The sea, a beach, and loads of sun - for many people these are the main ingredients of a perfect holiday. A corollary is that the darker the summer suntan, the better.
But with 22,000 new cases of malignant skin cancer a year, experts warn against excessive sunbathing. They urge people to change their thinking and protect their skin well in sunny weather.
'We've got to get away from the false notion that being sun-tanned is beautiful and healthy,' said Eva Kalbheim, spokesperson for Bonn-based German Cancer Aid.
A suntan, she explained, was a defensive skin reaction to produce more of the pigment melanin to protect itself from too much harmful ultraviolet (UV) radiation.
Large amounts of UV radiation damage the DNA in skin cells and can even lead to skin cancer. Sunscreen protection should begin during the car trip to the holiday destination.
'UVA radiation (long-wave UV radiation, which makes up most of the UV radiation that reaches the earth from the sun) passes through window glass,' noted Hans-Georg Dauer, a dermatologist from Cologne.
Dauer recommends shades for the car's back-seat windows so that children are not left unprotected.
Kalbheim said that people should avoid exposure to direct sunlight as much as possible.
'You also get a suntan in the shade - it's slower, but healthier,' she remarked. If you are out in the sun, though, you should protect your head and body with close-woven clothing such as cotton.
Children under three years should always be kept out of the sun.
Kalbheim advises adults to stay mainly in the shade during their first days on holiday so that their skin can become accustomed to the high UV radiation.
There are some rules regarding sunscreens too. Dauer said that a sunscreen be it a lotion or spray should be applied 'thoroughly, generously and, above all, punctually - preferably a half
-hour before sunbathing'.
Using a sunscreen is especially important in the mountains and near the equator, but also at the seaside because water reflects the sun's rays.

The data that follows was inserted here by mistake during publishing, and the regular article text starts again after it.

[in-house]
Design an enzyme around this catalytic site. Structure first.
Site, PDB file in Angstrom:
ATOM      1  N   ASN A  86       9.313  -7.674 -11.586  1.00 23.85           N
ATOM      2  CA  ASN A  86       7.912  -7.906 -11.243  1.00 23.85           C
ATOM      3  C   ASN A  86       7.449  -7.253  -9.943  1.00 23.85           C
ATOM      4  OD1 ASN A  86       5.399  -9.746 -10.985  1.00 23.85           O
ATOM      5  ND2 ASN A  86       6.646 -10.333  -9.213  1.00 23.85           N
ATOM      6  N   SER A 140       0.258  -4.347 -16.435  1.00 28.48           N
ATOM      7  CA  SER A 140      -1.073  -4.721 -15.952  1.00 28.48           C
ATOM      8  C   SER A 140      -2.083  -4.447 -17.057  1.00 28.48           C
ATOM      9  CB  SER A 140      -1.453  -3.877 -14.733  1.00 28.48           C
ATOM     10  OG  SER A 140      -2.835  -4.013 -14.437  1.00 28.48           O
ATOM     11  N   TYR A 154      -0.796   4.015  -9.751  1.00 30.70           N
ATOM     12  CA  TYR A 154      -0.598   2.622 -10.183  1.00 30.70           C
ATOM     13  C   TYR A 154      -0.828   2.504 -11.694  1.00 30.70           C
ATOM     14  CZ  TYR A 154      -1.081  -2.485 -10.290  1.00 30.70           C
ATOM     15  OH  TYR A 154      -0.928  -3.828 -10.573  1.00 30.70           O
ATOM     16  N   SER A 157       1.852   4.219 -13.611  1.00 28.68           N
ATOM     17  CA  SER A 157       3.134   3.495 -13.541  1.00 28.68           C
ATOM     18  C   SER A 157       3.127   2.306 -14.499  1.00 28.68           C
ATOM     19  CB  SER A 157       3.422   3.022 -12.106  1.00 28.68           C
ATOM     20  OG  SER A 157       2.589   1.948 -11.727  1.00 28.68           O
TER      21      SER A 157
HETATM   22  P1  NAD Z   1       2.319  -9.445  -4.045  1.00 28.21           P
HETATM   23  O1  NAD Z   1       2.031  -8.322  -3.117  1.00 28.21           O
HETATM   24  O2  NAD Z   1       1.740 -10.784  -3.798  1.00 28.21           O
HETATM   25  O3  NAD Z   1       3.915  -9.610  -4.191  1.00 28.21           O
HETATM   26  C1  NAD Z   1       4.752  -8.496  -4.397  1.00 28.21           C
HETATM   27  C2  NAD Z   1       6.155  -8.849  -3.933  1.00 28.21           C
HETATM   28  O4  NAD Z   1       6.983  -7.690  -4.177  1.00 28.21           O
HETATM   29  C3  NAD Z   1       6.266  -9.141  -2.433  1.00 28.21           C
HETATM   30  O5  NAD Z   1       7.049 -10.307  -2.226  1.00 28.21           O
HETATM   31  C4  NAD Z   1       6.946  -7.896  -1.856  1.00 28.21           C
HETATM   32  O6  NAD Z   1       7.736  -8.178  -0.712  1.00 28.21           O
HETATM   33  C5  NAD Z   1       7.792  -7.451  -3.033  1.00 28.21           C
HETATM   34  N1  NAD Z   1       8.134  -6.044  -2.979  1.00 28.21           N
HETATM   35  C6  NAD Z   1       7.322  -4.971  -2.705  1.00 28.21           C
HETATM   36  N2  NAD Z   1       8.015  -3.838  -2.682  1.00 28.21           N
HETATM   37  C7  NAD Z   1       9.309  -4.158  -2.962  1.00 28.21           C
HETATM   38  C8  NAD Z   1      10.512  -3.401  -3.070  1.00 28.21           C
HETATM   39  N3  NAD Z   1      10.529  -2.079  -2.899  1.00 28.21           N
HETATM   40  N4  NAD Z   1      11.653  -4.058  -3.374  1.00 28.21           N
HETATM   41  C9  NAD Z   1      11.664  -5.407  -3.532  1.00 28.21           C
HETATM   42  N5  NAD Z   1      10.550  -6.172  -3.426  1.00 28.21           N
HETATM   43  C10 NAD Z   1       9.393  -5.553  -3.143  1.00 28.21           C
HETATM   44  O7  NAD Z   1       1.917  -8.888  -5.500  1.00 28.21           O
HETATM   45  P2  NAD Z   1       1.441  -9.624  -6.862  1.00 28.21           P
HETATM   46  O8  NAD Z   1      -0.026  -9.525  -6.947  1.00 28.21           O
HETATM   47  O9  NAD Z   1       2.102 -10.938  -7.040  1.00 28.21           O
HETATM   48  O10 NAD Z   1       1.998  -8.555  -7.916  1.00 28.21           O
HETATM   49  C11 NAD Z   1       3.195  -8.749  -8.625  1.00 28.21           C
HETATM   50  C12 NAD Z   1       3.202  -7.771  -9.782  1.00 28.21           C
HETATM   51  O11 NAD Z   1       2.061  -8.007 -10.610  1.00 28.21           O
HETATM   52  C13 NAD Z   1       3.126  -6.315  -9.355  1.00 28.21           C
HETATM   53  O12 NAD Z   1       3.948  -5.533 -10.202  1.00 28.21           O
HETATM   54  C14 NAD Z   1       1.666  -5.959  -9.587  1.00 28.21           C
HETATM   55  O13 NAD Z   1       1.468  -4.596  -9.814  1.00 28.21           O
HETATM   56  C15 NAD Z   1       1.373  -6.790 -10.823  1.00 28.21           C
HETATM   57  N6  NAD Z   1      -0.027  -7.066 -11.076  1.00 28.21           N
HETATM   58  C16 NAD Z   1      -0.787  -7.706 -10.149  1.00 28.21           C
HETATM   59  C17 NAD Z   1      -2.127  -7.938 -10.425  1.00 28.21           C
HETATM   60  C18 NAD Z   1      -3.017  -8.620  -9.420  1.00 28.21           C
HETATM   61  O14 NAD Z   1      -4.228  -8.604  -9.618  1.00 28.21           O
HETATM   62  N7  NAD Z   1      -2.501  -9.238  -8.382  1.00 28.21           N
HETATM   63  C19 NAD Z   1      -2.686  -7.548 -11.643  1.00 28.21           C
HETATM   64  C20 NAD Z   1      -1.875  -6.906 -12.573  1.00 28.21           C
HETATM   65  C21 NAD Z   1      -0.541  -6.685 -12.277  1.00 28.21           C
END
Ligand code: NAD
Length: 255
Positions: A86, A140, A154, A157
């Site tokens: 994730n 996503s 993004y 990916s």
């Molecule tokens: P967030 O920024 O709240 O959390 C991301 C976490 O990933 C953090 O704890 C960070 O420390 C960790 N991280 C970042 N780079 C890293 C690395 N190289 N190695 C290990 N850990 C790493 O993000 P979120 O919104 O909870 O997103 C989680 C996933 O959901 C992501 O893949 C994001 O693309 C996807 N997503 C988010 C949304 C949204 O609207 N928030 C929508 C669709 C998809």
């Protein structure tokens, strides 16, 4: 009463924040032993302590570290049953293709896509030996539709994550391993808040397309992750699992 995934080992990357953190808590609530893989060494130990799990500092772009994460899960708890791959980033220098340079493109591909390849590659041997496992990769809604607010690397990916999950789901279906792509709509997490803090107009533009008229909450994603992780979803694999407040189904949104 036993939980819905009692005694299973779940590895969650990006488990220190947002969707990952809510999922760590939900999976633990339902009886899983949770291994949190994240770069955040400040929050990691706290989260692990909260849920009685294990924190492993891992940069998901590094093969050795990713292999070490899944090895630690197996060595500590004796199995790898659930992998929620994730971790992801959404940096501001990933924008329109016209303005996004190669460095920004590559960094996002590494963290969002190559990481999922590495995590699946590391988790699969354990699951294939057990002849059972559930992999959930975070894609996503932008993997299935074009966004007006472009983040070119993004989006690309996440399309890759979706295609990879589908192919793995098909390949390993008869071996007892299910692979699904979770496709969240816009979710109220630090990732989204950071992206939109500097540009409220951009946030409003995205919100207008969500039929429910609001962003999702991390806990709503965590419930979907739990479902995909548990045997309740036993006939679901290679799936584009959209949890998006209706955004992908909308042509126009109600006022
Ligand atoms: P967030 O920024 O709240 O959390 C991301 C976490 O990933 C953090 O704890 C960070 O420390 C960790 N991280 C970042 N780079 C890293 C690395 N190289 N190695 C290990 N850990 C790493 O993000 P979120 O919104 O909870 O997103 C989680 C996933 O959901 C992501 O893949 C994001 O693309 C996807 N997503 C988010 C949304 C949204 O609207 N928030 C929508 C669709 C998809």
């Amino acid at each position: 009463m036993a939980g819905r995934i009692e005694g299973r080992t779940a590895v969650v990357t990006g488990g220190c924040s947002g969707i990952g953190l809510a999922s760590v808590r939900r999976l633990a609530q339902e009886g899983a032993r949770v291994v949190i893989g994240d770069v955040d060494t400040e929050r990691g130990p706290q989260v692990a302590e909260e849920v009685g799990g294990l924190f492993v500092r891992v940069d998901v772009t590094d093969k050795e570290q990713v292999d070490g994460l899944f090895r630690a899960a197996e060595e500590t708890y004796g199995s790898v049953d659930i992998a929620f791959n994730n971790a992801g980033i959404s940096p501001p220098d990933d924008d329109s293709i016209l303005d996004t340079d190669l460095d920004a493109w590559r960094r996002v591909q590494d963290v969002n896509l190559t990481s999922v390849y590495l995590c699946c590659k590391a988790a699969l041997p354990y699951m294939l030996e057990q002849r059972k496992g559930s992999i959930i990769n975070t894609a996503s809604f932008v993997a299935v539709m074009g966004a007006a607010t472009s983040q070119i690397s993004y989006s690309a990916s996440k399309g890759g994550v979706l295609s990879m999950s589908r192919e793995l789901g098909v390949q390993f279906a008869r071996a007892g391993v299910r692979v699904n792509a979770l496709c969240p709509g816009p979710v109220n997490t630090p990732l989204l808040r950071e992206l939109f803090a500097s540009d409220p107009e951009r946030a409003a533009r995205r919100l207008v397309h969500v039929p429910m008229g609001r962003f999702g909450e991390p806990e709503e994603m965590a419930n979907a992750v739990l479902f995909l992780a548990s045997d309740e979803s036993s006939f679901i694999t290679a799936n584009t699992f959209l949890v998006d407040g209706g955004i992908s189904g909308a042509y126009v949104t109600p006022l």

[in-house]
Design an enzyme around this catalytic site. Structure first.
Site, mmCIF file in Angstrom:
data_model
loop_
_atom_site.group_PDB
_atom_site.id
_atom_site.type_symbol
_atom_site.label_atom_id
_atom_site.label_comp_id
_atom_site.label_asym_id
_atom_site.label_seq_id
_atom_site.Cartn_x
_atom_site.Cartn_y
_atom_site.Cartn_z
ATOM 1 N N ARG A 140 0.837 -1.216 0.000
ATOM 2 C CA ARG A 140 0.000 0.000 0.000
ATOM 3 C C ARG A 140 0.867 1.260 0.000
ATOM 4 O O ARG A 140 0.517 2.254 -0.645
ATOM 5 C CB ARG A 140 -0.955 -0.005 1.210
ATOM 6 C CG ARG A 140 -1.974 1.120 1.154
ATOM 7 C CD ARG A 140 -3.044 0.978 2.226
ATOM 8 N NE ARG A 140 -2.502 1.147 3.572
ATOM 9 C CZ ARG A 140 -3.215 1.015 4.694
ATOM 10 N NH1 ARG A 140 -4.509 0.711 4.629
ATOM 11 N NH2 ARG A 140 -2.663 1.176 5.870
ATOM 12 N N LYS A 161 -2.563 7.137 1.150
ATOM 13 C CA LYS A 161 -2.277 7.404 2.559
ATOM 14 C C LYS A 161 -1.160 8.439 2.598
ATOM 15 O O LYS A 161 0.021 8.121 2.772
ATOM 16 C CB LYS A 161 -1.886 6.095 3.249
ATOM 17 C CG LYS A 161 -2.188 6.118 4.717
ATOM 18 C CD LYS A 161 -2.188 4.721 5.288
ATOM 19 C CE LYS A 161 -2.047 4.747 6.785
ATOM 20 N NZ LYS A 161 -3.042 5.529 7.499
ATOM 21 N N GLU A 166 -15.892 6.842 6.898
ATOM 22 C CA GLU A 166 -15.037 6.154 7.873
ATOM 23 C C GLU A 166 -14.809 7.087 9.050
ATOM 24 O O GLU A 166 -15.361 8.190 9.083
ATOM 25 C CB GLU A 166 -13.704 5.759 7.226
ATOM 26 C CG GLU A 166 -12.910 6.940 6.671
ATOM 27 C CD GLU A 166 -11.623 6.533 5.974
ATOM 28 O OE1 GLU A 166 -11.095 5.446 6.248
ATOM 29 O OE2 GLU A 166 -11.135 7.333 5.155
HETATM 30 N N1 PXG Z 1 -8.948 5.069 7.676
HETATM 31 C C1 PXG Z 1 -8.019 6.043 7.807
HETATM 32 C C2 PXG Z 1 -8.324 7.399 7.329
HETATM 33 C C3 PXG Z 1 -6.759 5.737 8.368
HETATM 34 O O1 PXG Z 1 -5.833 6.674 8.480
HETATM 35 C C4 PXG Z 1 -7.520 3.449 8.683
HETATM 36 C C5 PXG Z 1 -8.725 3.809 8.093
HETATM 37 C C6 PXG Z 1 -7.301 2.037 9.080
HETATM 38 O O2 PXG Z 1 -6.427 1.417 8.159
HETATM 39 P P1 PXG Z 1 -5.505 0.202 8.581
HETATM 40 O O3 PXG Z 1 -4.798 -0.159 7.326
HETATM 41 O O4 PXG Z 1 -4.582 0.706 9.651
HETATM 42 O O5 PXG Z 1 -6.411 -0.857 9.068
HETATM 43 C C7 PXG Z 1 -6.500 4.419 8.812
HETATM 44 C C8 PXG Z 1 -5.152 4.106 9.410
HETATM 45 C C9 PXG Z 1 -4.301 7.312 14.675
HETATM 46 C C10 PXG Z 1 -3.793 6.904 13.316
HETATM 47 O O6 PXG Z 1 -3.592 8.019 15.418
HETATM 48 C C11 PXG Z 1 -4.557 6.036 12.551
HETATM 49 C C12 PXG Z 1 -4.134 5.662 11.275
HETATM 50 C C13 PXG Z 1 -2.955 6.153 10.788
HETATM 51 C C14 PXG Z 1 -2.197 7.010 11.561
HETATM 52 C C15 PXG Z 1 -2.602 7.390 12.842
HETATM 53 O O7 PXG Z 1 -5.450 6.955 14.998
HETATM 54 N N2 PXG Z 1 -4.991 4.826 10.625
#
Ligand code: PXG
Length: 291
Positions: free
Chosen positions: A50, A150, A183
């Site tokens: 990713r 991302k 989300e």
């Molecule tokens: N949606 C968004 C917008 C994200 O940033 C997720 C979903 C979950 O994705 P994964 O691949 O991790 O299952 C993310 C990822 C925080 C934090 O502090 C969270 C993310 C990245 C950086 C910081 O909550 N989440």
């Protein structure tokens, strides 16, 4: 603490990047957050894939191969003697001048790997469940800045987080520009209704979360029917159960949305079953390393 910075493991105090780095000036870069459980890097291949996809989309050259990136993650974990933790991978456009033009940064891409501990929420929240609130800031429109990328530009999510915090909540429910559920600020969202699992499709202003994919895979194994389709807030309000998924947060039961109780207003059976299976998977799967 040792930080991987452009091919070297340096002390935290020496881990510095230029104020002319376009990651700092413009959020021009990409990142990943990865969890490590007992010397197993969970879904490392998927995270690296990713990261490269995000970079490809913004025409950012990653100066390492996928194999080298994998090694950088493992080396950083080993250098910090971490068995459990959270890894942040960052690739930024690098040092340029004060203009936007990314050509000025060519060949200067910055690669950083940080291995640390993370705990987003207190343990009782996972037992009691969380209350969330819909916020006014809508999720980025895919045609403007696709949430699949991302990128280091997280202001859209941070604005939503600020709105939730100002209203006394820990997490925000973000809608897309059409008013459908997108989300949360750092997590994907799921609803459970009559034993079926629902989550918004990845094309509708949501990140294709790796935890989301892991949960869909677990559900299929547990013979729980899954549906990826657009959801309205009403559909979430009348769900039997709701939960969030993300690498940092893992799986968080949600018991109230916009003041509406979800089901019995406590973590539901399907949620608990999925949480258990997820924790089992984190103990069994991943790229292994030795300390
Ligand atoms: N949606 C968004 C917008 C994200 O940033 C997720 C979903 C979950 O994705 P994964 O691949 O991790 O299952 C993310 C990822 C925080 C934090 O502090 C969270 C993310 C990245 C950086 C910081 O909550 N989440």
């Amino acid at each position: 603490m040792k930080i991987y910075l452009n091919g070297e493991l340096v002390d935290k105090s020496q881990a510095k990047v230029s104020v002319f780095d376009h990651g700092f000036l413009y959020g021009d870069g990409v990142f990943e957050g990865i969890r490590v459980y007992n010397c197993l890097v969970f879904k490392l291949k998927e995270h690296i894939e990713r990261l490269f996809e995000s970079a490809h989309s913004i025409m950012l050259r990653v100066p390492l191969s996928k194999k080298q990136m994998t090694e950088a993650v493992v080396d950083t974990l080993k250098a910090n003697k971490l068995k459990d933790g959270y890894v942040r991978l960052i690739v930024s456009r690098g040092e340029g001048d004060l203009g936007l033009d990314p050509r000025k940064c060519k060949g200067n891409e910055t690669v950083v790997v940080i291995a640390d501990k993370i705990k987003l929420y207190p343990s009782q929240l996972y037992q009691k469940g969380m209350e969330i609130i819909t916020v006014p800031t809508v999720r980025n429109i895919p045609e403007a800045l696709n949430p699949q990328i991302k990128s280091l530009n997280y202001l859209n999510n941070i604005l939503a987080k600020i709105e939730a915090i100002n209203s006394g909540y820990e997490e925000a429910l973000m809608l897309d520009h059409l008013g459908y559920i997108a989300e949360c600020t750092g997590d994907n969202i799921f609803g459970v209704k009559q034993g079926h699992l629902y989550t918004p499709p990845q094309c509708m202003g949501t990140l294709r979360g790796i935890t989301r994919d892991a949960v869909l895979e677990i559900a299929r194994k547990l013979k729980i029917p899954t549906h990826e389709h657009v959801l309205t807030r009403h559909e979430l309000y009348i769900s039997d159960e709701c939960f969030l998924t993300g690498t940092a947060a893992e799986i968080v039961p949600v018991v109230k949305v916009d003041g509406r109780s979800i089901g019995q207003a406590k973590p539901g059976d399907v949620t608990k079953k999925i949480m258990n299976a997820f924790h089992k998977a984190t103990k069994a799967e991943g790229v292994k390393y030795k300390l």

'And make sure to reapply sunscreen,' Dauer reminded. After 20 minutes in saltwater, even 'waterproof' sunscreens wash off to a large extent.
Reapplying sunscreen does not increase the amount of protection - expressed as a number called the sun protection factor (SPF) - provided by the initial application. The SPF listed on the label indicates how much longer than normal a person can be exposed to sunlight before getting sunburn, explained Uwe Reinhold, head of the Bonn Medical Centre's dermatology department.
'The skin of most Europeans starts to tan or burn after about 20 minutes in the sun,' Reinhold said. 'SPF 4 increases the time fourfold - to about 80 minutes.'
Sometimes even sunscreen-protected skin reacts to sunlight with a burning sensation, itching or painful blisters. This is popularly known as a 'sun allergy'.
The most common form of this condition, polymorphous light dermatosis, generally affects areas of skin that have not got accustomed to the sun. Its cause is high UVA radiation.
Experts recommend sunscreens that give strong protection against UVA radiation and have as few odiferous constituents - which can cause allergic reactions - as possible. For people prone to a sun allergy, doctors suggest taking cortisone or antihistamines, which are also hay-fever remedies. A curd-cheese poultice and aspirin are effective first aids, Dauer noted.
Some companies sell UV test strips and UV dosimeters, which you attach to your skin. They signal when your skin type has absorbed a critical amount of UV radiation. But Reinhold said it was more important to develop a feeling for how much sun your skin can take. Related medicine news :1
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